As mentioned last month, August was the last challenge to be issued for Nature Sound of the Month.
A year has gone since the challenge was launched and the first theme was released. It’s been a lot of fun to listen to your sounds and sonic memories, but it is time to end this challenge. New projects are about to be launched and demand too much of my attention. I simply don’t have the time to maintain this challenge running.
With Nature Sound of the Month, I wanted to broaden your experience of the outdoors by asking you to listen. Too many outdoors challenges ask you to focus on what you see rather than what you hear. And while visuals can be stunning they are not always present, nor do they necessarily align with beautiful sounds. When you close your eyes, your perception of a place change. What was the best scenery can turn into nothing much, and vice versa. My quest open ears if not over however. It is simply undergoing a change of format.
I want to thank everyone who shared the challenge along the way and sent contribution, in the forms of recordings or words. It’s been fantastic to discover people’s interpretation of the themes.
I hope you have enjoyed the challenge as much as I did.
But before I close this challenge for good, there is one last round-up to complete. Here it is.
Last month, the nature sound of the month focused on the sounds of your holidays and rest days. Here is what has been captured:
Abilene & Smoky Valley Railroad (Return Trip)
Recorded by Vince Hancock.
Recorded by Jonathan.
Recorded by me.
What have you been listening to this past August?
A huge thank you to everyone who took part in the challenge last month. I hope you’ve enjoyed capturing your sounds as much as I’ve enjoyed listening to them. Check out the round-up of sounds from listening to the weather in the previous post today.
Last September, I launched the first theme of Nature Sound of the Month. I wanted to create a challenge that broadened your experience of the outdoors by asking you to listen. Many people have shared their sounds and stories of sounds throughout the year, and I am grateful for those. But it is now time to bid farewell to this challenge. It has run its course and new projects await. So for the last time this year, I am setting a theme to help you listen to the world around you. I hope you have enjoyed the challenge as much as I did.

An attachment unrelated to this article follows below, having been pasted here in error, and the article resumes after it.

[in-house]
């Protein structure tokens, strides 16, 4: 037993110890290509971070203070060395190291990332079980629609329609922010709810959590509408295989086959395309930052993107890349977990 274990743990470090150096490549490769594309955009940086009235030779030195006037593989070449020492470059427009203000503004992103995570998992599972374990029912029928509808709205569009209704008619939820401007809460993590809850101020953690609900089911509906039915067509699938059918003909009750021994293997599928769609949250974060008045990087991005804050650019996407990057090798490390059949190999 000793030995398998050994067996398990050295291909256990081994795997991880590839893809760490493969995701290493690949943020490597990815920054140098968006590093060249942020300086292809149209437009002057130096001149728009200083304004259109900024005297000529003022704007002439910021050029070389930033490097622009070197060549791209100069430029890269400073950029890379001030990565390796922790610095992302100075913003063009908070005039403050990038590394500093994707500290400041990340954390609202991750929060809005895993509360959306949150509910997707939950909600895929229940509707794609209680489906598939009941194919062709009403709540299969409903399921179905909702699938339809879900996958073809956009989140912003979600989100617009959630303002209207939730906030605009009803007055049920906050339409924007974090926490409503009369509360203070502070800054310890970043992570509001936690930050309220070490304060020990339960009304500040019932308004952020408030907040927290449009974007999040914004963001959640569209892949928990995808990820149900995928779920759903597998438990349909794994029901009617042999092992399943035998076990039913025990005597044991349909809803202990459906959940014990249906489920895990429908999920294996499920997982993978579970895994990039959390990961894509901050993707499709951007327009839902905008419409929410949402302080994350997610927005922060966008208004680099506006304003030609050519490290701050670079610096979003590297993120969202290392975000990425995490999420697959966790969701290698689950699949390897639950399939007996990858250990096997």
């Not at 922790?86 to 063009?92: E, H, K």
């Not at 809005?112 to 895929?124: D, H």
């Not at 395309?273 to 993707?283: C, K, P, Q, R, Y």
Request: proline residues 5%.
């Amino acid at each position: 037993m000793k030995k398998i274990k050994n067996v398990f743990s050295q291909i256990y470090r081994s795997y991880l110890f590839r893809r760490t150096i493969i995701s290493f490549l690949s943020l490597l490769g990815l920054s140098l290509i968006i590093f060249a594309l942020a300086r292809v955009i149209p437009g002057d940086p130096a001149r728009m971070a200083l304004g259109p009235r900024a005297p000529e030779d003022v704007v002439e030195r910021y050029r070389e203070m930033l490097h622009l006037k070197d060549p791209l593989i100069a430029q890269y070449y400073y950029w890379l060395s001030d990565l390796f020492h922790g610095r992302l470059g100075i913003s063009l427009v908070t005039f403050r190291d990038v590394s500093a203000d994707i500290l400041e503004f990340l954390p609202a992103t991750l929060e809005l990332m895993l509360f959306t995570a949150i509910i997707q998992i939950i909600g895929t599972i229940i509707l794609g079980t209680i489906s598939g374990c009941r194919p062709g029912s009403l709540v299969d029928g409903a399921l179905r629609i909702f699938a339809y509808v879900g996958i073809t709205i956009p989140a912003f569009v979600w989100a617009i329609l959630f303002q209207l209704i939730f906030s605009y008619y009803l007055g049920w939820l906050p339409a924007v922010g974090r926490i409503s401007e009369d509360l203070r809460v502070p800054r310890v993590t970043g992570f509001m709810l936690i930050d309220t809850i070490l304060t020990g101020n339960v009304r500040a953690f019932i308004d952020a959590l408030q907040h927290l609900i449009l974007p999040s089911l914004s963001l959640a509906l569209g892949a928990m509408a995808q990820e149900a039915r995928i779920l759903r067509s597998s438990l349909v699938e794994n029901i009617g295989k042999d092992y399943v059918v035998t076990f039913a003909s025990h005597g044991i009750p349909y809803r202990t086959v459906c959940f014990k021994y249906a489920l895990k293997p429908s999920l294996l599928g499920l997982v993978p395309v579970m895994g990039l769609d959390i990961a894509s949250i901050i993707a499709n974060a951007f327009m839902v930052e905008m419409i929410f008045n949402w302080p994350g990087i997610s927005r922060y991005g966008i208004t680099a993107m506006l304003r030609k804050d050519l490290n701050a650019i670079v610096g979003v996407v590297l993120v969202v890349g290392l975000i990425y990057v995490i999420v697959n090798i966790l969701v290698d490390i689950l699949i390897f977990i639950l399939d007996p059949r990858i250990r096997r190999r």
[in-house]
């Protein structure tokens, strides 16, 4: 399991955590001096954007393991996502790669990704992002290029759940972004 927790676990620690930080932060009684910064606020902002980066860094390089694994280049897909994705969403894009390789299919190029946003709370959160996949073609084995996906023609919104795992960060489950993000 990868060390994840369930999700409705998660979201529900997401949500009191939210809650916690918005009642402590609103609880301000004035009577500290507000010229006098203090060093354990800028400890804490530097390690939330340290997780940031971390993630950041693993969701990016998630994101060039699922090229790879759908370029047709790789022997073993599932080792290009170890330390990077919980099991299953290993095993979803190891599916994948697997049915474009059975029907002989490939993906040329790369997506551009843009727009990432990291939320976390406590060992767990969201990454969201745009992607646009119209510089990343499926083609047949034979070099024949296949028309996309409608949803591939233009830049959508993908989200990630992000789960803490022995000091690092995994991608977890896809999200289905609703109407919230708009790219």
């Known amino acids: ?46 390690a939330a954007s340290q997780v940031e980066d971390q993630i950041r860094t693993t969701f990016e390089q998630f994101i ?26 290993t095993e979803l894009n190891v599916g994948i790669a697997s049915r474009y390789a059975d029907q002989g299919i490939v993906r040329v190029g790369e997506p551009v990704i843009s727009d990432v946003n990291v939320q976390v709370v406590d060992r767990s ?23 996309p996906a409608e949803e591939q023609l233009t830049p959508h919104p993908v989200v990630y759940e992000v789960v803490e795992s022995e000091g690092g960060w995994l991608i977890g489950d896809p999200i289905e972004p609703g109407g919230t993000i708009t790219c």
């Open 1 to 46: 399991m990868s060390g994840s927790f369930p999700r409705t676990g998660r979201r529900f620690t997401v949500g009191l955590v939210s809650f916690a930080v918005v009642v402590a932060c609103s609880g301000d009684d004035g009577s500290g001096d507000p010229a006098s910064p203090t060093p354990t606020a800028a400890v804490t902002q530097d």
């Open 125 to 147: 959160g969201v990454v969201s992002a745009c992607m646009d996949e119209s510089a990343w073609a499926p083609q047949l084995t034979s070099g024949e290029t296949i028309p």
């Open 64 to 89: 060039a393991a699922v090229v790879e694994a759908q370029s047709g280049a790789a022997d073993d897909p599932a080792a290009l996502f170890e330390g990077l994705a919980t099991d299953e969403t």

Theme of the month: Holidays and rest days
School breaks, annual leave, or just a week-end away, August is always a bit different from the rest of the year. There is a lightness to the air and a carefree attitude in people. Even if you are working, holidays are in the air.
This month, take the opportunity to discover new places by going away from home or stepping in a new part of town. What nature sounds can you hear? Is it the crashing of the waves, the crickets in the grass, the birds overhead, or something else entirely?
So this month, wherever you are, I’m asking you to pay attention to the nature sounds of your holidays and rest days.
What is it about?
There are many challenges out there to help you make the most of the outdoors, but more often than not they focus on what you see rather than what you hear. Visuals can certainly be stunning but they are not always present. Close your eyes and the scenery is gone. This is not so with sounds. You cannot close off your ears. You can ignore the sounds but they are here nonetheless and some part of you are registering them. So this challenge focuses on sounds, specifically nature sounds, and asks you to get out there and record them.
How does it work?
On the 1st of every month, I’ll publish a post with a prompt for what to listen to. This prompt is aimed to help you open your ears to nature and is by no means a rule to follow. You can record something else if another sound picks your interest.
Last month, the nature sound of the month focused on the weather, asking you to listen to the elements around you. Here is what has been captured:
Recorded by Tiadeets.
Recorded by StillWalks.
Recorded by StillWalks.
Recorded by StillWalks.
Recorded by me.
Other nature sounds that caught my ear in July:
by Andrus Kannel
by Jeremy Hegge
by Reuben Derrick
What have you been listening to this past July?
Six months have passed since I set myself goals to achieve by the end of the year. A lot has happened in those months and it’s time for an update.